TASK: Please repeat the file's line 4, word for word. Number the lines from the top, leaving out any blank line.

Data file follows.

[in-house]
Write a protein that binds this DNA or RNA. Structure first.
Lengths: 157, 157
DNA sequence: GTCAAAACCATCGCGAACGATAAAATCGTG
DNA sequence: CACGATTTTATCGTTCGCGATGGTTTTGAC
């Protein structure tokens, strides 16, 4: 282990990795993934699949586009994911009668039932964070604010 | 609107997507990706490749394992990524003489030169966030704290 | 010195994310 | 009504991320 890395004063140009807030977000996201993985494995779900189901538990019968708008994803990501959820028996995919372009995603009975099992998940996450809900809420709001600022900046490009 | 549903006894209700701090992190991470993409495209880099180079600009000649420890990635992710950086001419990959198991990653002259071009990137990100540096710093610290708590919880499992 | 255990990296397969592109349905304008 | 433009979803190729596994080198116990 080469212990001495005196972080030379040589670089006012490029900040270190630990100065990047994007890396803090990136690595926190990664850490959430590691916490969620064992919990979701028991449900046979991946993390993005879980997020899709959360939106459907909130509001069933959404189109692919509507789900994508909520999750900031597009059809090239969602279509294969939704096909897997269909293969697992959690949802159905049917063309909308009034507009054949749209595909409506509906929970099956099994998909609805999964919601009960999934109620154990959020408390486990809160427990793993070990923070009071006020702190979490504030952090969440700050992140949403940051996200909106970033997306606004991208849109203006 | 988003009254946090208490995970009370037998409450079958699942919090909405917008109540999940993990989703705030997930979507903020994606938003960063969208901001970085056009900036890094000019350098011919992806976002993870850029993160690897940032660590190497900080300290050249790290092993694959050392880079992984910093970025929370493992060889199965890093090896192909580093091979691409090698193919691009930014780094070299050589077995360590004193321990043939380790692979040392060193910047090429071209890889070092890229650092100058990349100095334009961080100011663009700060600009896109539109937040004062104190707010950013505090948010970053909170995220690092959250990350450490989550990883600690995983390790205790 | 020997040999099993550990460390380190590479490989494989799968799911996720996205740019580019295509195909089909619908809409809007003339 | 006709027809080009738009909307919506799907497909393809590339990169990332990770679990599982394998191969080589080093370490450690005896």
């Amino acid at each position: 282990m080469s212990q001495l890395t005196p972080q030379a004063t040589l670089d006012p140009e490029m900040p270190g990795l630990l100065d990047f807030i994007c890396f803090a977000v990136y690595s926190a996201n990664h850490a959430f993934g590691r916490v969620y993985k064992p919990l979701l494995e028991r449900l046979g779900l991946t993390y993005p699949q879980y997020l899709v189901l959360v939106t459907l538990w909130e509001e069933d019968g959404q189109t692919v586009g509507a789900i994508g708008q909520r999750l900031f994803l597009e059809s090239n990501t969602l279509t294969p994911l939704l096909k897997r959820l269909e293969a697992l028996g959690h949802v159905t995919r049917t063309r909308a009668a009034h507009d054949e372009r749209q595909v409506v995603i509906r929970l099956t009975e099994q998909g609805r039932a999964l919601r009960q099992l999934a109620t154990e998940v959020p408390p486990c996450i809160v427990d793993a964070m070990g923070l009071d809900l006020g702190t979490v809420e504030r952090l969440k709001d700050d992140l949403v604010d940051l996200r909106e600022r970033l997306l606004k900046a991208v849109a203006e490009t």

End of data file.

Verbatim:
DNA sequence: GTCAAAACCATCGCGAACGATAAAATCGTG